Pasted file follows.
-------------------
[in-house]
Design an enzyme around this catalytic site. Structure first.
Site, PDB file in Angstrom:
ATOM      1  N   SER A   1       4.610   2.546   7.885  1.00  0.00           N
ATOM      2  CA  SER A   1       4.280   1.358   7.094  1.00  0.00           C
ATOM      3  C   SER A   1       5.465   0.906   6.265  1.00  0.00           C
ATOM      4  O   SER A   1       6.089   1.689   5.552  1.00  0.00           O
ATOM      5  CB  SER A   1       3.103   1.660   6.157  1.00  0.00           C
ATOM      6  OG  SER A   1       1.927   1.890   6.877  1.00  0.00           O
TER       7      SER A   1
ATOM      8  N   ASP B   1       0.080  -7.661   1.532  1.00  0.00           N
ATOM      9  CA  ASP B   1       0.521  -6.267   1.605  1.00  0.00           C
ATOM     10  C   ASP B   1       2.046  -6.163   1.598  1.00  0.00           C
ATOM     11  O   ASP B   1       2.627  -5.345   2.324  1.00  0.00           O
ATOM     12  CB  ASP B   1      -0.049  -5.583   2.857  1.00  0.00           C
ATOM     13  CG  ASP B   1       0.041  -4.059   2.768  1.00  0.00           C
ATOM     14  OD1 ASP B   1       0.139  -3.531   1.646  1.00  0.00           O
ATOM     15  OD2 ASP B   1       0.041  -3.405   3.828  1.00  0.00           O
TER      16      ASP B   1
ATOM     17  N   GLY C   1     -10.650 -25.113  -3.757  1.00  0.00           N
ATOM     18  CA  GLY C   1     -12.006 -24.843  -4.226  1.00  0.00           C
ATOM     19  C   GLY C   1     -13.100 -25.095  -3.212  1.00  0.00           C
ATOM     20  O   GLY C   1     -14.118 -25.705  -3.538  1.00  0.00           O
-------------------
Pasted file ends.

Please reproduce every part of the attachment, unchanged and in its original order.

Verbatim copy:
[in-house]
Design an enzyme around this catalytic site. Structure first.
Site, PDB file in Angstrom:
ATOM      1  N   SER A   1       4.610   2.546   7.885  1.00  0.00           N
ATOM      2  CA  SER A   1       4.280   1.358   7.094  1.00  0.00           C
ATOM      3  C   SER A   1       5.465   0.906   6.265  1.00  0.00           C
ATOM      4  O   SER A   1       6.089   1.689   5.552  1.00  0.00           O
ATOM      5  CB  SER A   1       3.103   1.660   6.157  1.00  0.00           C
ATOM      6  OG  SER A   1       1.927   1.890   6.877  1.00  0.00           O
TER       7      SER A   1
ATOM      8  N   ASP B   1       0.080  -7.661   1.532  1.00  0.00           N
ATOM      9  CA  ASP B   1       0.521  -6.267   1.605  1.00  0.00           C
ATOM     10  C   ASP B   1       2.046  -6.163   1.598  1.00  0.00           C
ATOM     11  O   ASP B   1       2.627  -5.345   2.324  1.00  0.00           O
ATOM     12  CB  ASP B   1      -0.049  -5.583   2.857  1.00  0.00           C
ATOM     13  CG  ASP B   1       0.041  -4.059   2.768  1.00  0.00           C
ATOM     14  OD1 ASP B   1       0.139  -3.531   1.646  1.00  0.00           O
ATOM     15  OD2 ASP B   1       0.041  -3.405   3.828  1.00  0.00           O
TER      16      ASP B   1
ATOM     17  N   GLY C   1     -10.650 -25.113  -3.757  1.00  0.00           N
ATOM     18  CA  GLY C   1     -12.006 -24.843  -4.226  1.00  0.00           C
ATOM     19  C   GLY C   1     -13.100 -25.095  -3.212  1.00  0.00           C
ATOM     20  O   GLY C   1     -14.118 -25.705  -3.538  1.00  0.00           O